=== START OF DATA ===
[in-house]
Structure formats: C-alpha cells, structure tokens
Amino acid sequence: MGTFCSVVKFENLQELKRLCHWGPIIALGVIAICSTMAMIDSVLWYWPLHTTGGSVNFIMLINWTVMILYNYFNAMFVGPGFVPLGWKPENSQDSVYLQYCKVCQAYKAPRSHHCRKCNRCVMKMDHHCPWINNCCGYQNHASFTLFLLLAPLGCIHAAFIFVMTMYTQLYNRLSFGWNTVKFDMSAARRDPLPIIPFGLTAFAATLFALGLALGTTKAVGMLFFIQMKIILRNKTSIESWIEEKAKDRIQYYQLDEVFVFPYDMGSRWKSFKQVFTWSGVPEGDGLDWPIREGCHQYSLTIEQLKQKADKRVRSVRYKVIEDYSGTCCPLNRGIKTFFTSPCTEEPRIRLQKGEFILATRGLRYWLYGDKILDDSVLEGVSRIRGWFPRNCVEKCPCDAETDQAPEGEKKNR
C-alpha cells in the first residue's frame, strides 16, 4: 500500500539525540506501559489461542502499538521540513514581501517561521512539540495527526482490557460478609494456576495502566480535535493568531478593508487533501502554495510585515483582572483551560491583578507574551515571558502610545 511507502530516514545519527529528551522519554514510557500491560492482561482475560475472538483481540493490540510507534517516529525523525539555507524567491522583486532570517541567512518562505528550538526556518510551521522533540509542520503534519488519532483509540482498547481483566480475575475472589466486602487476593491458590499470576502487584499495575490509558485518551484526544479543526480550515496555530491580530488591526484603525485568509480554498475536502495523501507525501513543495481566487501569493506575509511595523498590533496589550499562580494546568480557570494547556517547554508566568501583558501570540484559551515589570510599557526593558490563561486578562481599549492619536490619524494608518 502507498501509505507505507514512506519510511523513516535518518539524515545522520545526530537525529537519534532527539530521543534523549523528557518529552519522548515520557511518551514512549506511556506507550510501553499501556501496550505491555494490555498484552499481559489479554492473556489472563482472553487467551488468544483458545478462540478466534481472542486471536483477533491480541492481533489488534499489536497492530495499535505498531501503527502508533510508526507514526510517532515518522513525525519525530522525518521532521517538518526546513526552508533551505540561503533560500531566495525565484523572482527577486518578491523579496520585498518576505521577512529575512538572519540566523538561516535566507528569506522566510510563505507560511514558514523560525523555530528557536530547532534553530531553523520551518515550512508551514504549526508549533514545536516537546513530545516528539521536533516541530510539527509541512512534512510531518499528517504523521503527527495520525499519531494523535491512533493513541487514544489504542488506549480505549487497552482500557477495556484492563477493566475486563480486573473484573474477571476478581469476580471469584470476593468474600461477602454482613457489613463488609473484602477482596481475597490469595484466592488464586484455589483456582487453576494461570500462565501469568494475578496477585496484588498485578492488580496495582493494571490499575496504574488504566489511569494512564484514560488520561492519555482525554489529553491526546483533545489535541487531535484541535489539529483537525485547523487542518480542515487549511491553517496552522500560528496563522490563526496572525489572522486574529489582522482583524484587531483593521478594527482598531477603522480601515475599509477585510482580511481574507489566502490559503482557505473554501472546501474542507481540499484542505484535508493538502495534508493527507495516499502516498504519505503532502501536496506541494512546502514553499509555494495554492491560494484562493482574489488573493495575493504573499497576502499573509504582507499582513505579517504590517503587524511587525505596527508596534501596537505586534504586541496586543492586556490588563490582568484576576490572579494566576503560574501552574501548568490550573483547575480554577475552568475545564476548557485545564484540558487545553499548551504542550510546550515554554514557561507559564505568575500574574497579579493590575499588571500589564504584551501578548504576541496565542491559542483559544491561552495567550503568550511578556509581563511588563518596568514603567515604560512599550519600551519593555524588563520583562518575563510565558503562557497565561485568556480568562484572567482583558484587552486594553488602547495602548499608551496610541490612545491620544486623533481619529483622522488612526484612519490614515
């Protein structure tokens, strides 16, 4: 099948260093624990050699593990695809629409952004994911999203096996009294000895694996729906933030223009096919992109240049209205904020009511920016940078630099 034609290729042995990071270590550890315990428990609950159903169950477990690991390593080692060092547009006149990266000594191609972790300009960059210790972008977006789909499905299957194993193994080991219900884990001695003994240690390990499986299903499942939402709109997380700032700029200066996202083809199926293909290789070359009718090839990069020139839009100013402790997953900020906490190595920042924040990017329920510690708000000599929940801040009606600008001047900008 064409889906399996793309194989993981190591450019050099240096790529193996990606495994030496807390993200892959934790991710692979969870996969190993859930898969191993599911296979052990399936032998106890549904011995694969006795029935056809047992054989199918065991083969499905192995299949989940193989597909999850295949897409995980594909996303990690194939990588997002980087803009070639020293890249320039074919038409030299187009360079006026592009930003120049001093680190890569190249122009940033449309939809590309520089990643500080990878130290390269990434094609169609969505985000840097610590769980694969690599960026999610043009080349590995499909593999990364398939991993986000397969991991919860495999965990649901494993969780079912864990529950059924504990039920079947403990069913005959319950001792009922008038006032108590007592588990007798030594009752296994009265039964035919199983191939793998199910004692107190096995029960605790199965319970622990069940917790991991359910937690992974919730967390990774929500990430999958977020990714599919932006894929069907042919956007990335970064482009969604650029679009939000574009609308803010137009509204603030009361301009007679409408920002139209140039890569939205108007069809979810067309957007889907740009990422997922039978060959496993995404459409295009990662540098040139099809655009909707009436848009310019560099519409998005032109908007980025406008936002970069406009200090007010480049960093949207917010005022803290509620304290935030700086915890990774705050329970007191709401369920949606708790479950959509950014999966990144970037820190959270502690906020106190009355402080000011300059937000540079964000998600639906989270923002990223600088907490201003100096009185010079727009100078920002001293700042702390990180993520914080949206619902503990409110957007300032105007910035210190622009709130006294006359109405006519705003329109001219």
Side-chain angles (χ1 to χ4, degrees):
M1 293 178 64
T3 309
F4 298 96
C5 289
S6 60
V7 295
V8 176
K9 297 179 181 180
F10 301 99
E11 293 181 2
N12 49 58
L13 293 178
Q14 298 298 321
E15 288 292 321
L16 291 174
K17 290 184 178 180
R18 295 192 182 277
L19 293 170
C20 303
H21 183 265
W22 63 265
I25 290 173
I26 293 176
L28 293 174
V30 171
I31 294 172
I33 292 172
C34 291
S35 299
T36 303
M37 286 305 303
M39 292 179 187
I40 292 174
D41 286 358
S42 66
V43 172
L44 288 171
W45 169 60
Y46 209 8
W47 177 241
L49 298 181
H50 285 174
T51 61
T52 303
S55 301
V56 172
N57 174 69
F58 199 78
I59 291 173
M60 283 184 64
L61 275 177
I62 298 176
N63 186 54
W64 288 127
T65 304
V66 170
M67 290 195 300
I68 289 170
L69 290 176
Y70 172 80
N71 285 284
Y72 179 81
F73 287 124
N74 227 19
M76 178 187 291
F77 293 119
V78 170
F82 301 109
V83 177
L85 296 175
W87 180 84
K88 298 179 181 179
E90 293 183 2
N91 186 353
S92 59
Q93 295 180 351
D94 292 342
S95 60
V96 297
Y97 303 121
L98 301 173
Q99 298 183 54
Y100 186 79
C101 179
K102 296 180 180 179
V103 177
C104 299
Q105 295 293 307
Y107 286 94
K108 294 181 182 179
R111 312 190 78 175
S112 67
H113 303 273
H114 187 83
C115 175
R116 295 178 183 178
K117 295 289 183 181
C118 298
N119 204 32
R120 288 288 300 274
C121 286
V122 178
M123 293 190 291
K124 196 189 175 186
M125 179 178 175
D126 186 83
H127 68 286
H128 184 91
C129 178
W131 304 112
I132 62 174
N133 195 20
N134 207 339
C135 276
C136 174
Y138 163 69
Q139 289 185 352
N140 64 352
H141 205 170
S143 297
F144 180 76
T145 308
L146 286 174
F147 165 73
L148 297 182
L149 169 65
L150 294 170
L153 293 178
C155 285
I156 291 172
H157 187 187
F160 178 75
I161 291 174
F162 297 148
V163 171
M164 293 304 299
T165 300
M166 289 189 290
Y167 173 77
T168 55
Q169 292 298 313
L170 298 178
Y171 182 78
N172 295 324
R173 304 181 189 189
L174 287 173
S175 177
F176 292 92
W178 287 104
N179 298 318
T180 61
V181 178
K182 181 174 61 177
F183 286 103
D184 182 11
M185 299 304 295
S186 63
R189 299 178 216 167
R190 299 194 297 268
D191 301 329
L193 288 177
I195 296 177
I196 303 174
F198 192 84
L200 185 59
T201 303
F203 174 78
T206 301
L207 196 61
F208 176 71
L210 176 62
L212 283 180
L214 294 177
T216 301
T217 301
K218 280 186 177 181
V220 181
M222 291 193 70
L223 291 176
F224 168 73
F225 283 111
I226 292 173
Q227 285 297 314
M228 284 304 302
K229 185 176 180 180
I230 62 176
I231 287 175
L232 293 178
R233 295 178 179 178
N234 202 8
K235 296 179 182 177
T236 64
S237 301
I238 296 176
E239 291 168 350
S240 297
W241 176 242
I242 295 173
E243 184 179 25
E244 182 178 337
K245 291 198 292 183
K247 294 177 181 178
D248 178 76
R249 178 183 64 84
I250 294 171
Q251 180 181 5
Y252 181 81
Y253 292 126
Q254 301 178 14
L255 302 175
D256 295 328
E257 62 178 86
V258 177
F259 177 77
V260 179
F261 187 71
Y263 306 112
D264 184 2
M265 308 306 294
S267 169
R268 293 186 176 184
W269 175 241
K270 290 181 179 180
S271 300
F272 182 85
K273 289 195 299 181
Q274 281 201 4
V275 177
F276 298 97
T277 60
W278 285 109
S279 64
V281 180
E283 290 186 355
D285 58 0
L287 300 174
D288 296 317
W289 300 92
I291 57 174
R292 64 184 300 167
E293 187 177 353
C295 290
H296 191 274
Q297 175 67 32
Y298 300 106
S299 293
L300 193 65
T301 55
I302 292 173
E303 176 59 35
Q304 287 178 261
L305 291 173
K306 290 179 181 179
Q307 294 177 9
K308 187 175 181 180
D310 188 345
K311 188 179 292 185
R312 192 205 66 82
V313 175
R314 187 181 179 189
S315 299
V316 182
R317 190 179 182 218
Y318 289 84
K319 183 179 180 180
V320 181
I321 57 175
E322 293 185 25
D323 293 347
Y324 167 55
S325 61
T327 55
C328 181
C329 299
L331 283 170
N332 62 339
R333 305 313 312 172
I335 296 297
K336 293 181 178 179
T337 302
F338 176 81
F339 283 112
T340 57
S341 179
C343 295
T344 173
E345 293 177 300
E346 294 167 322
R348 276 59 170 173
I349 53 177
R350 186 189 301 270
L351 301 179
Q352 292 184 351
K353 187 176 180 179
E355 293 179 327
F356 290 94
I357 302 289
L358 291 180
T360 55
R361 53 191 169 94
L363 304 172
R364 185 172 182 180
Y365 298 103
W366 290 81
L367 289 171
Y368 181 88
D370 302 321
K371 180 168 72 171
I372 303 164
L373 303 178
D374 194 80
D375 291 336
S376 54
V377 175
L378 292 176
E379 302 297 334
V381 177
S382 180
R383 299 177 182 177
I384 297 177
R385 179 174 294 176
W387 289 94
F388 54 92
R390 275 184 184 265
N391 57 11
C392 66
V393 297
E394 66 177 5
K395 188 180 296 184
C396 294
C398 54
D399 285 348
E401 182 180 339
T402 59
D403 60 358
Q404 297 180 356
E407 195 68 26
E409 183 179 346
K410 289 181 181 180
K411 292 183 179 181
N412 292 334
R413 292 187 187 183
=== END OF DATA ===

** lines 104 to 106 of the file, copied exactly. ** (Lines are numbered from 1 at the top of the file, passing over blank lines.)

C118 298
N119 204 32
R120 288 288 300 274